Here all the facets are +1 0 3, planes, the height and ature until at about 1 ML the RHEED spots of the
width of the huts are about 11 and 65 A, respecti- fractional order (4;3) superstructure reached max-
vely. The surface morphology can be varied to imum intensity. On annealing RHEED reﬂections
some extent by altering the substrate temperature characteristic of the +1 0 3, facets appeared. Sys-
and deposition conditions. By optimizing the con- tematic STM investigations revealed that the
ditions, regular arrays of long huts can be produced shape, size, and density of the facets depend criti-
. This is an example of nanofacetting. cally on the temperature. The samples used in these
The last system we will discuss are the internal measurements were annealed at 350°C for 5 min,
facets which form when Cu ﬁlms with thicknesses which produced a surface completely covered with
up to 20 ML grow epitaxially on Ni(0 0 1). The long huts of uniform width as shown in Fig. 1b.
model for the internal facets proposed by Muller ¨ Desorption of In beyond a critical coverage of
et al.  on the basis of STM studies is shown in 0.5 ML at temperatures around 500°C causes the
Fig. 1c. Here the Cu ﬁlm is pseudomorphic with the clusters to decompose and the Ge(0 0 1) surface is
Ni substrate except for the Cu atoms inside the reestablished.
wedge-shaped clusters. These are bounded by The Cu/Ni(0 0 1) samples were prepared follow-
+1 1 1, planes towards the surrounding Cu ﬁlm and ing the prescription given by Muller et al. . For
by a +0 0 1, plane upwards. The atoms inside the Cu coverages from 1 to 20 ML the clusters appear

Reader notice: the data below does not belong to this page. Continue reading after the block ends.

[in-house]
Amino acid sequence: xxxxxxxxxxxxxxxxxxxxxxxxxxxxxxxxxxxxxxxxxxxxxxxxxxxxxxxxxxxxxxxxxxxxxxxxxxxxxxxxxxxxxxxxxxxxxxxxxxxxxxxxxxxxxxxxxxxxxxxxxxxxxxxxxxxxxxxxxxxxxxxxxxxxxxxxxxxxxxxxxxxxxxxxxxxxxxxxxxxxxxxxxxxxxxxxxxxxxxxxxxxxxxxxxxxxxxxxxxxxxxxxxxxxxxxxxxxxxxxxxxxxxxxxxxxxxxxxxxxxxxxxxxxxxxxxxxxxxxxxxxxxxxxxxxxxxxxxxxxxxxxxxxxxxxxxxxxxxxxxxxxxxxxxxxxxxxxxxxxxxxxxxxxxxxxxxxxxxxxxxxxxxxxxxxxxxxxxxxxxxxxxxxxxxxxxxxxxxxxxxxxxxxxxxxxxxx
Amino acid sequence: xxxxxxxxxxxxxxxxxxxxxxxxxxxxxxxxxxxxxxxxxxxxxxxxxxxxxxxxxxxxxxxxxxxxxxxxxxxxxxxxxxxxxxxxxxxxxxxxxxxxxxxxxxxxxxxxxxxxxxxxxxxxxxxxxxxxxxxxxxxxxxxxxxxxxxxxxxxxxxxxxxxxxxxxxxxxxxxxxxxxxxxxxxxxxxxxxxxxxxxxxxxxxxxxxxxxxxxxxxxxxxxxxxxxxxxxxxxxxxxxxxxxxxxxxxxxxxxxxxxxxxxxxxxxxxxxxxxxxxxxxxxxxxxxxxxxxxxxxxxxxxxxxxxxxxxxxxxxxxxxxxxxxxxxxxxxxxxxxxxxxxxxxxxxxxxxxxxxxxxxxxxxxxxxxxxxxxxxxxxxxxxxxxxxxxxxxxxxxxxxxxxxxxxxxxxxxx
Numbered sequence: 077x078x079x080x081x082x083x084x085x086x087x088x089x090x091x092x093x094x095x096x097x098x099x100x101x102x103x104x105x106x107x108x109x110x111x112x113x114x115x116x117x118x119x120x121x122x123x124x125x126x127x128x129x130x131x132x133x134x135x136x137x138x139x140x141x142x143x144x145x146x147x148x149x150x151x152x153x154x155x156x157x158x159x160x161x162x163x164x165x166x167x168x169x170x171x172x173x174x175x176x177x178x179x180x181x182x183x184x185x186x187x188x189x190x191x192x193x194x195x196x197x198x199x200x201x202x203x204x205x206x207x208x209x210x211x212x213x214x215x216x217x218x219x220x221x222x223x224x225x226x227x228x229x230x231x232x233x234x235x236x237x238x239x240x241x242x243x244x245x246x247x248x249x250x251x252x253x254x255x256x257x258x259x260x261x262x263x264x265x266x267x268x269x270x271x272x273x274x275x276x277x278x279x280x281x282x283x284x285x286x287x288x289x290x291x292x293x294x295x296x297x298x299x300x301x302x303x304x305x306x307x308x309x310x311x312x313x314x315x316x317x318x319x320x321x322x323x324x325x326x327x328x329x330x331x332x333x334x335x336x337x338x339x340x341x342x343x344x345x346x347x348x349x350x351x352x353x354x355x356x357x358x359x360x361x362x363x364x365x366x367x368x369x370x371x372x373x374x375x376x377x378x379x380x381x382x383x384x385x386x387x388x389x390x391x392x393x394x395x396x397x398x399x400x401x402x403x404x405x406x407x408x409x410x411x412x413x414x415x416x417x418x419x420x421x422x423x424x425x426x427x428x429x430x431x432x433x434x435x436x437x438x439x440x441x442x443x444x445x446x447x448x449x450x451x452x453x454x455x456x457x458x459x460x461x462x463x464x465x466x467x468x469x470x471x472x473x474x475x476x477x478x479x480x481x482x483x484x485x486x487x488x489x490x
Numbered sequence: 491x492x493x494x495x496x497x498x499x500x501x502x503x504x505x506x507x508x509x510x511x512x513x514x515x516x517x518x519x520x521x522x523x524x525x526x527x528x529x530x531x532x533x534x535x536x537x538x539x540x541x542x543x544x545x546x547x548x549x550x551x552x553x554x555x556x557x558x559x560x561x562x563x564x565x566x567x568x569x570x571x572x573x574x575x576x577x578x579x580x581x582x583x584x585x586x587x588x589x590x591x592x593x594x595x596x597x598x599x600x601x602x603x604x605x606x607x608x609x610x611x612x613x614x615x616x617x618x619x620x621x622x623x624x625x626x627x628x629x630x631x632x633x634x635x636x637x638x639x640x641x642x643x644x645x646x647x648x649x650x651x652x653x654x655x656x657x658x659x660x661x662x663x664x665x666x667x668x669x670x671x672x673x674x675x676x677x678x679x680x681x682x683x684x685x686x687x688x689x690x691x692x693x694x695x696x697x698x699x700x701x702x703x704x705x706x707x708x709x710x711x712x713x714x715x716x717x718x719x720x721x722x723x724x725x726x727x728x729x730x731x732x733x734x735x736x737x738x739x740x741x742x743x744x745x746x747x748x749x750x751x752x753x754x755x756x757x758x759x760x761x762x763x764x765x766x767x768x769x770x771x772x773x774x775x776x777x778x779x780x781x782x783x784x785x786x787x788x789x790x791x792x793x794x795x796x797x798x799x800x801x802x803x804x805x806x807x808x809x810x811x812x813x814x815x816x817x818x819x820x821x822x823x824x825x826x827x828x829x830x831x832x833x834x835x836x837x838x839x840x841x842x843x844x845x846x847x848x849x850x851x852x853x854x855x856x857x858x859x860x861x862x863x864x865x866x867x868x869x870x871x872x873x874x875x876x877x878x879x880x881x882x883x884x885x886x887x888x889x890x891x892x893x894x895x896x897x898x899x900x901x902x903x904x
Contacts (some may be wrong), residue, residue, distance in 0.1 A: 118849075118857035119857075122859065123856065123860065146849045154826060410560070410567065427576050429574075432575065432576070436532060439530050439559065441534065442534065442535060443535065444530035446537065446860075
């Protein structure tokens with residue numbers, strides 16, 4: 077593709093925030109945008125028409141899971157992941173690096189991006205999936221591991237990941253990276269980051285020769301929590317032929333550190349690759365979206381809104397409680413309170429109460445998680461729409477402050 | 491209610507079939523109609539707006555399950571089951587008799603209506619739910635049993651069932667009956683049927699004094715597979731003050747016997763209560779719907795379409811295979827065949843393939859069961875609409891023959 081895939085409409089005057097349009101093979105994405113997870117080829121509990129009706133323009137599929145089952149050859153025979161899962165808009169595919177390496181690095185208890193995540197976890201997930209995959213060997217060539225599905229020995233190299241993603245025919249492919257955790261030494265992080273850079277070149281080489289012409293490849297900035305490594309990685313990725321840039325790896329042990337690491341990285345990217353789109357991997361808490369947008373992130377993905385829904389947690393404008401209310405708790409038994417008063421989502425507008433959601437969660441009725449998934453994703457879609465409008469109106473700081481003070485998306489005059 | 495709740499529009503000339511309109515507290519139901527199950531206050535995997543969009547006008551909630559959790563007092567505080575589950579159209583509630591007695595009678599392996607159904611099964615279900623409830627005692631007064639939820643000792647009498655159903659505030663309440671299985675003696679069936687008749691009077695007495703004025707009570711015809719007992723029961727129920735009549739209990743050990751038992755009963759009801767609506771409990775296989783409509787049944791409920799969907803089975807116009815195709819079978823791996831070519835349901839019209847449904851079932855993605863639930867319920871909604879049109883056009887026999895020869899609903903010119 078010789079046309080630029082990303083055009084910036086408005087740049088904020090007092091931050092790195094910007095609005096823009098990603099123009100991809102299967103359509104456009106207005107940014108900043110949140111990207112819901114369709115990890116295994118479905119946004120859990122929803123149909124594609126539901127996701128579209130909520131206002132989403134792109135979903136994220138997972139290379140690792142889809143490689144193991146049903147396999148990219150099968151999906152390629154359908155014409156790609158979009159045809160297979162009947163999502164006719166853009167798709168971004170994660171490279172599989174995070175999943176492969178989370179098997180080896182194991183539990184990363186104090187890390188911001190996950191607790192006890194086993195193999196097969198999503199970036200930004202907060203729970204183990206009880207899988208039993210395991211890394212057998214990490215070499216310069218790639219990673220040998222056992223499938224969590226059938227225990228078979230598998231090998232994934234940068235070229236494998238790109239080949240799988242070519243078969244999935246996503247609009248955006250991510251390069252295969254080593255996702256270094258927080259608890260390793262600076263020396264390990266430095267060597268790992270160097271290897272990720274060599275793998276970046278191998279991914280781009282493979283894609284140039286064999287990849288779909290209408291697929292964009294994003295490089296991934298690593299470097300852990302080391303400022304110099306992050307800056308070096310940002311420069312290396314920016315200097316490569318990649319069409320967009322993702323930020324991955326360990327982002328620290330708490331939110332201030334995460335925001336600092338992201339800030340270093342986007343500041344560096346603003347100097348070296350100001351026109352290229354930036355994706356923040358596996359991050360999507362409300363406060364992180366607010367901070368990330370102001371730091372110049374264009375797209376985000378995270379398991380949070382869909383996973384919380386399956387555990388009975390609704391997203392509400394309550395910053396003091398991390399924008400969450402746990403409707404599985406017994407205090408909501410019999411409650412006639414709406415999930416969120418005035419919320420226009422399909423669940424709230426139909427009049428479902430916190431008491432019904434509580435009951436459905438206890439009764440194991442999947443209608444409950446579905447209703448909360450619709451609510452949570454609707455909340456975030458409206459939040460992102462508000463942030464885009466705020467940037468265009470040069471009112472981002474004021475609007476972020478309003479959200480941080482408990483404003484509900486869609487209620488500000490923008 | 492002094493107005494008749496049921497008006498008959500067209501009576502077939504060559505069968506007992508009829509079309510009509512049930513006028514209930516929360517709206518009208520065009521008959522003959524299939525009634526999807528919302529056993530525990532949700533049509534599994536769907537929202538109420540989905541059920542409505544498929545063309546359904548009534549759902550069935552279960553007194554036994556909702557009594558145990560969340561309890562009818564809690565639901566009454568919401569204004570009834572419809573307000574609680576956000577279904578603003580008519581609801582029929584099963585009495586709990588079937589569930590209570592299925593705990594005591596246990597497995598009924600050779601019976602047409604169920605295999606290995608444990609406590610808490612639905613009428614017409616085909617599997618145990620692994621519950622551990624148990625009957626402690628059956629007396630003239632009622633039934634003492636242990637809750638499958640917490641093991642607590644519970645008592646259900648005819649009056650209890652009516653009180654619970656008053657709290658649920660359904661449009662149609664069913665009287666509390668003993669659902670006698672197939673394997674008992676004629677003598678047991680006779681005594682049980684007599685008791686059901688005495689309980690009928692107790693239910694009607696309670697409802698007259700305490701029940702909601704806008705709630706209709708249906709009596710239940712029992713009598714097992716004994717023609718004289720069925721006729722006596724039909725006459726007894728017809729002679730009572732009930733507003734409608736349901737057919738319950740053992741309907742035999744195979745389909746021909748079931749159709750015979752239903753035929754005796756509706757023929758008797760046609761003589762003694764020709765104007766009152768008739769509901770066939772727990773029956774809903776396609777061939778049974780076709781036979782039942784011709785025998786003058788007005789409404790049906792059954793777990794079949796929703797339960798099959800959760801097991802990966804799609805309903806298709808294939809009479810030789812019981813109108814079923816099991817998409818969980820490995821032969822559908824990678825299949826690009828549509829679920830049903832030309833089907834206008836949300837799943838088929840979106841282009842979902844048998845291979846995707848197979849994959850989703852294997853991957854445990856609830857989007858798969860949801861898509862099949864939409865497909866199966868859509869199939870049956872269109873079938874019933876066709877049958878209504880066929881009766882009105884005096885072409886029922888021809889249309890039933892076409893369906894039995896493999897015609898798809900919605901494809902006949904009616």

wedges are translated half a nearest neighbour dis- with the same density, the clusters simply grow in
tance along the axis of the wedges and about 0.5 A maximum width because the number of rows of
upwards, thereby opening some space for strain atoms in the top layer of the wedge equals the
relaxation. For the three systems illustrated in number of atomic layers in the Cu ﬁlm. The wedge
Fig. 1 we will show how synchrotron X-ray diﬀrac- shaped clusters have their long axis parallel to the
tion can be used to measure the fundamental struc- 11 1 02 direction of the Ni crystal. At monolayer
tural properties. coverage the “clusters” are single rows of atoms
and at 20 ML the clusters start to merge. We have
done diﬀraction measurements in the regime from
2. Measurements 5 to 20 ML .
All measurements were performed with the verti-
cal scattering diﬀractometer on the BW2 wiggler 3. Analysis
beam line at HASYLAB (DESY, Hamburg). The
samples were prepared in the STM Laboratory at We will now discuss the results of the X-ray
the nearby II. Institute fur Experimentalphysik,
¨ diﬀraction measurements. For the three systems
University of Hamburg. After preparation and Ge/Si(0 0 1), In/Ge(0 0 1), and Cu/Ni(0 0 1) we have
characterization with RHEED and LEED the sam- clusters bounded by +5 0 1,, +3 0 1,, and +1 1 1,
ples were studied by STM. Subsequently the facets respectively. This provides us with a conve-
sample was transferred into a portable small UHV nient method to selectively observe the diﬀraction